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Advanced IED defeat course, battle drills help save lives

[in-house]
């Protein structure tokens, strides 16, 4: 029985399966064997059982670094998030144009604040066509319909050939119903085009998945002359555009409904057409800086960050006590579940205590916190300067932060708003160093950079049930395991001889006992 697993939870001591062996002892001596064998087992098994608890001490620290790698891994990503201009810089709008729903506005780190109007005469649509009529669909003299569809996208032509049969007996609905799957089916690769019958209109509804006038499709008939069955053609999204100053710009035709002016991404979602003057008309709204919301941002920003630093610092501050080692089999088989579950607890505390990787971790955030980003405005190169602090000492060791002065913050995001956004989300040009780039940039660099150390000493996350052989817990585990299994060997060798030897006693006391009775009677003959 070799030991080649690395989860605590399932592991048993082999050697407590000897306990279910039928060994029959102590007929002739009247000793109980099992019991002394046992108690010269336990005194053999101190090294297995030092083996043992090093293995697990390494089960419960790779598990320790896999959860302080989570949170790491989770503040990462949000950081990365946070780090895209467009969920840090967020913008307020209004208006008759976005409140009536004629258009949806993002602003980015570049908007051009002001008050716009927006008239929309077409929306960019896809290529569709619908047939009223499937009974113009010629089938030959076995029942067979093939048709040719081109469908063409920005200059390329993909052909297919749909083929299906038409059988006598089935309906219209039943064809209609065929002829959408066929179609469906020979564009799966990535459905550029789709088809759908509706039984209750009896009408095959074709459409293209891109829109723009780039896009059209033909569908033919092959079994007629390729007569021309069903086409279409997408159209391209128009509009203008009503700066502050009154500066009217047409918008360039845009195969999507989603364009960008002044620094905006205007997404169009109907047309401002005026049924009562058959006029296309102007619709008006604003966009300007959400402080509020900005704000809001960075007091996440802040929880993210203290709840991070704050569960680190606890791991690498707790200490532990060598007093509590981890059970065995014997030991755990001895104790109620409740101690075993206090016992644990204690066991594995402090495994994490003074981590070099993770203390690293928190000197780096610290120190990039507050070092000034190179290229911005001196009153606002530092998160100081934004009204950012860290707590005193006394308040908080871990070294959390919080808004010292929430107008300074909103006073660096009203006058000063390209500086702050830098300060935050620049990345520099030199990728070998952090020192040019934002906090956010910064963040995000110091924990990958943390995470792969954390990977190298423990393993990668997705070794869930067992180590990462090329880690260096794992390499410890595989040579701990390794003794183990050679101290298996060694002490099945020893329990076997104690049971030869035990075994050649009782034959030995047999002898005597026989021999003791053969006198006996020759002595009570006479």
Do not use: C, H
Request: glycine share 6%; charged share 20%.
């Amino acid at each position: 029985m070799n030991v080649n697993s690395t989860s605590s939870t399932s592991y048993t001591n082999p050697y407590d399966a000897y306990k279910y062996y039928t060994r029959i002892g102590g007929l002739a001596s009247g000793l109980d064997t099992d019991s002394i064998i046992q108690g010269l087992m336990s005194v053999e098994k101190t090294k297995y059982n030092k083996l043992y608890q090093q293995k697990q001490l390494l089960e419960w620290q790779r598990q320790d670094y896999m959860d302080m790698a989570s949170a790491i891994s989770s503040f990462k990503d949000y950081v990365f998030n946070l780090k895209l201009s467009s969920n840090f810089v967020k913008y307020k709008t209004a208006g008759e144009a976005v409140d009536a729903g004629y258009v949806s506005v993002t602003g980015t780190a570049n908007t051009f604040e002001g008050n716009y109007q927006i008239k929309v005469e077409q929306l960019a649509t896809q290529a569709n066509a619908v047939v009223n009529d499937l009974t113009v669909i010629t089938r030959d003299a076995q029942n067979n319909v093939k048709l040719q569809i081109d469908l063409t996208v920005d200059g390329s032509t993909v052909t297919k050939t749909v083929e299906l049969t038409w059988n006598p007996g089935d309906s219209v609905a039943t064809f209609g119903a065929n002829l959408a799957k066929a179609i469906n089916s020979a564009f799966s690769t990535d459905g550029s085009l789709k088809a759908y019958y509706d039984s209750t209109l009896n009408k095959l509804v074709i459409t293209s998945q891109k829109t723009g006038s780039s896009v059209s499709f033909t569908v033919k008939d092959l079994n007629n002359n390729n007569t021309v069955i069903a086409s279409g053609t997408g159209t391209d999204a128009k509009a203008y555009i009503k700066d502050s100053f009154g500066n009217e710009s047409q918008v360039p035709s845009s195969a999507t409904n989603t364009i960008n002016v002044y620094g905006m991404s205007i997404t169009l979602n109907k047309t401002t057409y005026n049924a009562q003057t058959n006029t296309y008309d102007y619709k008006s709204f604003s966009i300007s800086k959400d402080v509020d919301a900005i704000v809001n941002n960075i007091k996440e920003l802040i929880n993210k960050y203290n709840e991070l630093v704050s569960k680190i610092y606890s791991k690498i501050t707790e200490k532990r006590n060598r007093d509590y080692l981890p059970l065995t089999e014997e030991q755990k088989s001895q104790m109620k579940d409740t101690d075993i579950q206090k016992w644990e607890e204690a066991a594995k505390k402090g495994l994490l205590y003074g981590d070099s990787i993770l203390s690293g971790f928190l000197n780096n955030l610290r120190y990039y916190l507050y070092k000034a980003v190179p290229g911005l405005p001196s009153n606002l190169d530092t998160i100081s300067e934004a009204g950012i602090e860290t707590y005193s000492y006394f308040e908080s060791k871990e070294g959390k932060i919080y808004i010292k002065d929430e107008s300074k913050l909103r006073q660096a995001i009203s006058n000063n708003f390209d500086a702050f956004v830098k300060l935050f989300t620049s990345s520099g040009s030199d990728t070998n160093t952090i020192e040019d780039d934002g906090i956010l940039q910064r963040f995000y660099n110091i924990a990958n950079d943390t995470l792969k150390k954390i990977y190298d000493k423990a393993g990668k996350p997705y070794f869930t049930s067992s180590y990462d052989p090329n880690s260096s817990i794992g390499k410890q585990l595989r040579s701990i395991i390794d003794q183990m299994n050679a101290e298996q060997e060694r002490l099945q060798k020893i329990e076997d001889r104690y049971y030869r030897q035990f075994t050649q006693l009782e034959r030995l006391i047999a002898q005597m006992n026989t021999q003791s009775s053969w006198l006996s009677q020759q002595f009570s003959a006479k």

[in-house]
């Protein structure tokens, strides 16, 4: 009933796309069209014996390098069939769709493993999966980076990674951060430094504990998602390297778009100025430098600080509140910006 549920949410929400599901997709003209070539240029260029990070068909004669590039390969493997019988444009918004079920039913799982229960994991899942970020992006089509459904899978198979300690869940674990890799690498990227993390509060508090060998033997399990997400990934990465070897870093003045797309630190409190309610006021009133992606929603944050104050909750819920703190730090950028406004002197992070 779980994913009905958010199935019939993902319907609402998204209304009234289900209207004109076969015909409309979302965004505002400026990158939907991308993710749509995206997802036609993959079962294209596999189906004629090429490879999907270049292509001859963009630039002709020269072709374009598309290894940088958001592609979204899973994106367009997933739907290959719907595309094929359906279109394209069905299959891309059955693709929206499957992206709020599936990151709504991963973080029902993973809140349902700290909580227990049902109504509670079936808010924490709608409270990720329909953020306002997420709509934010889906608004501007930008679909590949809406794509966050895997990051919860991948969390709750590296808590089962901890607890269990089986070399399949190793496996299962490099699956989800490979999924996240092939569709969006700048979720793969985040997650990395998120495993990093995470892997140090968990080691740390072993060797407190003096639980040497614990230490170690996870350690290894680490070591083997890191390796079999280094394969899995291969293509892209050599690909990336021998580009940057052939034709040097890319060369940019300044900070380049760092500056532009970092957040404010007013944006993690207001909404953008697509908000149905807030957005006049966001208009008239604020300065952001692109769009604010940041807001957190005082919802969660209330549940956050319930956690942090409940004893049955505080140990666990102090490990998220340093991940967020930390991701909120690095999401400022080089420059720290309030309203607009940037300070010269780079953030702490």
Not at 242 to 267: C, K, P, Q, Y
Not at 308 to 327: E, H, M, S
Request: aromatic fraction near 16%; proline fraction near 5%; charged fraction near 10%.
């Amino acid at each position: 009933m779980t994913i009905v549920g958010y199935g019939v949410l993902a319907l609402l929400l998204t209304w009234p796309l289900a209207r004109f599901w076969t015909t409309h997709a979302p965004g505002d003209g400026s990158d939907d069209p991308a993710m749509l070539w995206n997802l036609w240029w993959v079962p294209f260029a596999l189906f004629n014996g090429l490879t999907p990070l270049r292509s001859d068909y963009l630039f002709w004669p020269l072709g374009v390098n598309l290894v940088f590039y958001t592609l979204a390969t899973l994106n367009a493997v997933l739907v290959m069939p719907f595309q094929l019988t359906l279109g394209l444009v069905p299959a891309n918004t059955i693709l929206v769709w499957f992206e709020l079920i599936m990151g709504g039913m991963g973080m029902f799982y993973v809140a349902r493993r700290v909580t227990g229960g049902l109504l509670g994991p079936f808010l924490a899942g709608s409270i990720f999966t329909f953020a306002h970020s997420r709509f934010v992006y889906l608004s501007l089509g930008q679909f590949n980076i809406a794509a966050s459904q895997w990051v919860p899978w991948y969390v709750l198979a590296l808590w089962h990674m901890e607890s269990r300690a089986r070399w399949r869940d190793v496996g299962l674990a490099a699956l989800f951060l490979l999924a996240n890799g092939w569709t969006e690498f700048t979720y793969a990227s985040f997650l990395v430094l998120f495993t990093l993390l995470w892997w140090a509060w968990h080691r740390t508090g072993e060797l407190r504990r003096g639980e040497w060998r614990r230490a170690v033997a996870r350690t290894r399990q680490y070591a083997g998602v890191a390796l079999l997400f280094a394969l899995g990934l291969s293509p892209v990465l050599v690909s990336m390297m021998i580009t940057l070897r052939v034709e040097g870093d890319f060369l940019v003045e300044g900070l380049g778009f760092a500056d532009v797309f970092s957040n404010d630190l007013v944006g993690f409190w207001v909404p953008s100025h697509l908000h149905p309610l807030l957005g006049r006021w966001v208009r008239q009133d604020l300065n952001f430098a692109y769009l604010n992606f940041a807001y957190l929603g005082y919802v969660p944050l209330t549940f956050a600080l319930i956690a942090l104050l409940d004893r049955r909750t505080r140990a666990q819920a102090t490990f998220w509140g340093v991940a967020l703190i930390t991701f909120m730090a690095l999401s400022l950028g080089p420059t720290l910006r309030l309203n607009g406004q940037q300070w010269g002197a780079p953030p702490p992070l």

Printer Friendly VersionPrinter Friendly VersionSend to a FriendSend to a FriendAll Soldiers are trained on various convoy operations before they deploy, even if they never step into an armored vehicle during their deployment. Here at Camp Adder though, some Soldiers continue to hone their skills because it can save their lives. "We're doing convoy lanes training," said Sgt 1st Class Robert Moore with the 121st Brigade Support Battalion. "It involves everything we would do in a convoy." The battle drills include summoning medical evacuations, reacting to improvised explosive devices and vehicle recovery. "We have to make sure we can get from point 'A' to point 'B,'" said 1st Lt. Jennifer Beatty, the convoy commander of "G" Platoon. Beatty's job is twofold. Not only must she take command of a convoy of armored vehicles crossing Iraq, but she also has to make sure her Soldiers are up to speed on their weapons and equipment. While everyone has a duty to perform, Beatty gets all of her Soldiers trained in every job they may encounter during the convoy. "I make sure the Soldiers are cross-trained in special tasks and teams," she said. If one person goes down, someone else might need to take charge, whether it is as a gunner, driver or medic. Currently, "G" Platoon is practicing IED defeat, in which the Soldiers must react to roadside bombs. As they drove through the training area their eyes watched for any signs of possible explosives. Spotting a fluttering bag on the side of the road weighted down, with wires sticking out, the convoy stopped and called up a nine-line request to address possible unexploded ordinance. Unfortunately for them, just because they saw it did not mean they would get out of the training to react to a disabled vehicle. As they passed by, a small explosion went off near one of the Mine Resistant Ambush Protected vehicles. Air Force Staff Sgt. Tor Hvidsten, an explosive ordinance disposal specialist with the 407th Expeditionary Civil Engineer Squadron, and his team set up the explosives, placing a primary and secondary explosive to best mimic the attacks from insurgents. "This way, they can feel the blast and react properly," Hvidsten said. While not large enough to injure the Soldiers in the vehicles, it can be felt and heard by everyone. "The explosive simulates the real thing," Moore said. "It gives off smoke and light and can disorientate you." After the explosion, the convoy came upon Moore "wounded" and the MRAP disabled. Moving quickly, the various teams set to work. Some pulled security around the convoy; others rescued Moore from the vehicle and strapped him to a stretcher so they could carry him to their medical vehicle. Once the wounded were secured, the tow bar was connected to the "damaged" vehicle and the platoon was ready to move again. "I love this training," Beatty said. "It gives us an idea what to work on and what to sustain."